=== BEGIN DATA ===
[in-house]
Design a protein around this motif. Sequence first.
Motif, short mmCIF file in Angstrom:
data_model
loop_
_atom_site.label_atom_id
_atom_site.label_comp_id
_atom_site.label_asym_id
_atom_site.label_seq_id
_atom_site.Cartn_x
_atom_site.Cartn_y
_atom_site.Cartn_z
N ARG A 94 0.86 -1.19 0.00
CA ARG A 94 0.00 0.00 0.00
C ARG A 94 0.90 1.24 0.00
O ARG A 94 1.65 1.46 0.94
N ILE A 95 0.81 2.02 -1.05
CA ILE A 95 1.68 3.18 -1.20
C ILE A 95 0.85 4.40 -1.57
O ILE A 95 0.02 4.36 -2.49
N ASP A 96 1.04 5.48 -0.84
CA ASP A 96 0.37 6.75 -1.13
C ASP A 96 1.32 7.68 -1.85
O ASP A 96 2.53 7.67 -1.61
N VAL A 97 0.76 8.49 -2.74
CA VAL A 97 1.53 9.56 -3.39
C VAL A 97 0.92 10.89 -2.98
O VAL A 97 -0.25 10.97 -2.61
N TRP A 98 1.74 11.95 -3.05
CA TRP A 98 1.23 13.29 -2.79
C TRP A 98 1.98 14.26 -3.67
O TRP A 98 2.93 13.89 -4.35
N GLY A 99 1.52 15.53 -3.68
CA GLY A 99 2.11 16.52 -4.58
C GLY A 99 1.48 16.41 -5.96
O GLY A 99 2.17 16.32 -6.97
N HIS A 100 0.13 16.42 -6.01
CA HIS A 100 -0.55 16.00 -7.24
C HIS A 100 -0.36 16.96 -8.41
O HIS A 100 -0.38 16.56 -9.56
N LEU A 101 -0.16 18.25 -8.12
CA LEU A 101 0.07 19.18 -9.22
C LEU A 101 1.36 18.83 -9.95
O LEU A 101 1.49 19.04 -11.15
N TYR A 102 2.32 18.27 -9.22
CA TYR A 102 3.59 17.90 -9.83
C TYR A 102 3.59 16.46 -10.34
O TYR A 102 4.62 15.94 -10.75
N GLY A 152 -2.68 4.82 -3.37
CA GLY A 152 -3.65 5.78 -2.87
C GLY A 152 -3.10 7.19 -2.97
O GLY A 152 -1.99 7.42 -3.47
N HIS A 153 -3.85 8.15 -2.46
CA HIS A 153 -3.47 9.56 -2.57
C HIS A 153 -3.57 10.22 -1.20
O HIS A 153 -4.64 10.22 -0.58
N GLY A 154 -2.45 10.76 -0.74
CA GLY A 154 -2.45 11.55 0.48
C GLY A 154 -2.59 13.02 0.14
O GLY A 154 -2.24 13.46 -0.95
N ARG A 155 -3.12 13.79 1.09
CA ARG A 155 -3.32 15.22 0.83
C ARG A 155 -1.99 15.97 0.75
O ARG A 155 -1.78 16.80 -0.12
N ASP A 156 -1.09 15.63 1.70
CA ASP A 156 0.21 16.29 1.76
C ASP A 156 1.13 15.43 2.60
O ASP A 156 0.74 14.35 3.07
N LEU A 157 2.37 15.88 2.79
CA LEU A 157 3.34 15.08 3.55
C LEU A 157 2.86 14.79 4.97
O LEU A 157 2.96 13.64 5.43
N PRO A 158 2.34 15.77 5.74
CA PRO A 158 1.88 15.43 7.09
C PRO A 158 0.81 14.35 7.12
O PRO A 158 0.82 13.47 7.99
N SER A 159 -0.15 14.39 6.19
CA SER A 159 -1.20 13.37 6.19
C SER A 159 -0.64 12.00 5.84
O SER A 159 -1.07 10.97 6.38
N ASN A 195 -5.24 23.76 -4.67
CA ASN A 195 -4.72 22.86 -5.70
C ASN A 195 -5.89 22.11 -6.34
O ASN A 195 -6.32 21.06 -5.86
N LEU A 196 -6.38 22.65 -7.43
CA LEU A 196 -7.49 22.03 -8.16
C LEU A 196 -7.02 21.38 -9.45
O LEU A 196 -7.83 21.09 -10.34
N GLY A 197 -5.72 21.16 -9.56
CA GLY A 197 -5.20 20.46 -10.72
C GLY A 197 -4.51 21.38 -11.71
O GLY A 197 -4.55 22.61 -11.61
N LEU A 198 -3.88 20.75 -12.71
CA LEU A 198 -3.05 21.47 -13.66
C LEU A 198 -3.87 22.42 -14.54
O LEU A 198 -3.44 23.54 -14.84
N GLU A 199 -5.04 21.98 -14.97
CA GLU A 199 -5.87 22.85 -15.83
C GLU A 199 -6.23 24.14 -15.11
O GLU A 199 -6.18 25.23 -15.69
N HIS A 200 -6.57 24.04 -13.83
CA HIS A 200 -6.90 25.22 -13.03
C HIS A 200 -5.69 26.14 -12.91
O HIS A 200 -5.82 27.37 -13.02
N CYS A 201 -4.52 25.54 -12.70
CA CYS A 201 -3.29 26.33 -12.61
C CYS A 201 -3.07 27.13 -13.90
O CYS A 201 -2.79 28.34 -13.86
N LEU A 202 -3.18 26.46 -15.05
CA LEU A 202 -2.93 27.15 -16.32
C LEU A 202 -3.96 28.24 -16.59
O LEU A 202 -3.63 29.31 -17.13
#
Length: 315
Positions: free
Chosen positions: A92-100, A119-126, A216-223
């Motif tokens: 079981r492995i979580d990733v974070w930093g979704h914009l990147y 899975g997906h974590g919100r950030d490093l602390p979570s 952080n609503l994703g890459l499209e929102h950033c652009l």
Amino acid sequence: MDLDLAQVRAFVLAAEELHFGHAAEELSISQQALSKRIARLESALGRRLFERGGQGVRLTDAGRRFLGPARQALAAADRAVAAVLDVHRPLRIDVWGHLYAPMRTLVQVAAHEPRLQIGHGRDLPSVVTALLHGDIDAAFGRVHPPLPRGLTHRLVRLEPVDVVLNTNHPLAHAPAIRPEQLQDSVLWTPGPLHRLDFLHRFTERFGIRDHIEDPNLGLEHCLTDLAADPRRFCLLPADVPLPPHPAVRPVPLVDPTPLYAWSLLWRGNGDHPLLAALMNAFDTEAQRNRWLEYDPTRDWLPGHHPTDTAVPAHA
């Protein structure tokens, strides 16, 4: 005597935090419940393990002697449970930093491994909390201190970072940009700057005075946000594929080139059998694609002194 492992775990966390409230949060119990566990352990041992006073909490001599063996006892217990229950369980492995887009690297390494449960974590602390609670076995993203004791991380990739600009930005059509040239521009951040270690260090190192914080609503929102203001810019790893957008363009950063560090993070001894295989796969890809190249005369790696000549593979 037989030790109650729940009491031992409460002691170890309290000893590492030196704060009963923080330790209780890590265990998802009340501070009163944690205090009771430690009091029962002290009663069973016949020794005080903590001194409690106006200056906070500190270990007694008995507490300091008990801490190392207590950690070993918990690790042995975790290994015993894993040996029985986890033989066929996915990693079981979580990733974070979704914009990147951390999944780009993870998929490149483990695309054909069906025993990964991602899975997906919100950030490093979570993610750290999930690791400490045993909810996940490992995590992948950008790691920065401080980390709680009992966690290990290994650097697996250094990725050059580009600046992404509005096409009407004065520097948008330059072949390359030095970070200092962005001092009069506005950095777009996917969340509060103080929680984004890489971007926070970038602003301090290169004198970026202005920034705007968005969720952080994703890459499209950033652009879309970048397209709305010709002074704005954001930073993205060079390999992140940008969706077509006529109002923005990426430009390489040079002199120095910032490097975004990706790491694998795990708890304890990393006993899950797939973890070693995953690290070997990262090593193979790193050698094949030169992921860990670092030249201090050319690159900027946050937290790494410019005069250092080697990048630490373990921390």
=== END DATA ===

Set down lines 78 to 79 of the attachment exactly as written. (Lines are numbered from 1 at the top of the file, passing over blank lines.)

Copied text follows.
CA SER A 159 -1.20 13.37 6.19
C SER A 159 -0.64 12.00 5.84